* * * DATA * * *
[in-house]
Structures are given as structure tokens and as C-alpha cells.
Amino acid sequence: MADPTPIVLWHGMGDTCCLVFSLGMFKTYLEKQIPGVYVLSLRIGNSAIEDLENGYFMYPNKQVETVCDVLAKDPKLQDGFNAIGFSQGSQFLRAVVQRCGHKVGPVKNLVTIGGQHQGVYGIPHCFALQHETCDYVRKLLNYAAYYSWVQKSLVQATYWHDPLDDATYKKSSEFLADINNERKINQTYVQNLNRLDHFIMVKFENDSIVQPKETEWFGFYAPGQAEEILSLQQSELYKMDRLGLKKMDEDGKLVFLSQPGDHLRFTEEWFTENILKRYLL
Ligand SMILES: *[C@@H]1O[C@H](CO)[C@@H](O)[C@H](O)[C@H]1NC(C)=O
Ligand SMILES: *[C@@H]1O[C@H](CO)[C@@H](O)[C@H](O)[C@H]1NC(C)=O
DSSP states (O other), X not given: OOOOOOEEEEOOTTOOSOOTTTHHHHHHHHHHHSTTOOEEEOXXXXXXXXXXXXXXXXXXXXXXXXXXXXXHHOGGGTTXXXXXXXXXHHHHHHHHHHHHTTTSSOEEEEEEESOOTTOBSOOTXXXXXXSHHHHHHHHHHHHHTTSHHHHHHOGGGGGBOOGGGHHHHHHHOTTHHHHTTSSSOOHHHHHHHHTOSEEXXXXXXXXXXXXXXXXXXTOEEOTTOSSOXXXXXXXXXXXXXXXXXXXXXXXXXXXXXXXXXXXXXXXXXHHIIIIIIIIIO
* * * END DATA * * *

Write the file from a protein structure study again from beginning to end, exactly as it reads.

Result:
[in-house]
Structures are given as structure tokens and as C-alpha cells.
Amino acid sequence: MADPTPIVLWHGMGDTCCLVFSLGMFKTYLEKQIPGVYVLSLRIGNSAIEDLENGYFMYPNKQVETVCDVLAKDPKLQDGFNAIGFSQGSQFLRAVVQRCGHKVGPVKNLVTIGGQHQGVYGIPHCFALQHETCDYVRKLLNYAAYYSWVQKSLVQATYWHDPLDDATYKKSSEFLADINNERKINQTYVQNLNRLDHFIMVKFENDSIVQPKETEWFGFYAPGQAEEILSLQQSELYKMDRLGLKKMDEDGKLVFLSQPGDHLRFTEEWFTENILKRYLL
Ligand SMILES: *[C@@H]1O[C@H](CO)[C@@H](O)[C@H](O)[C@H]1NC(C)=O
Ligand SMILES: *[C@@H]1O[C@H](CO)[C@@H](O)[C@H](O)[C@H]1NC(C)=O
DSSP states (O other), X not given: OOOOOOEEEEOOTTOOSOOTTTHHHHHHHHHHHSTTOOEEEOXXXXXXXXXXXXXXXXXXXXXXXXXXXXXHHOGGGTTXXXXXXXXXHHHHHHHHHHHHTTTSSOEEEEEEESOOTTOBSOOTXXXXXXSHHHHHHHHHHHHHTTSHHHHHHOGGGGGBOOGGGHHHHHHHOTTHHHHTTSSSOOHHHHHHHHTOSEEXXXXXXXXXXXXXXXXXXTOEEOTTOSSOXXXXXXXXXXXXXXXXXXXXXXXXXXXXXXXXXXXXXXXXXHHIIIIIIIIIO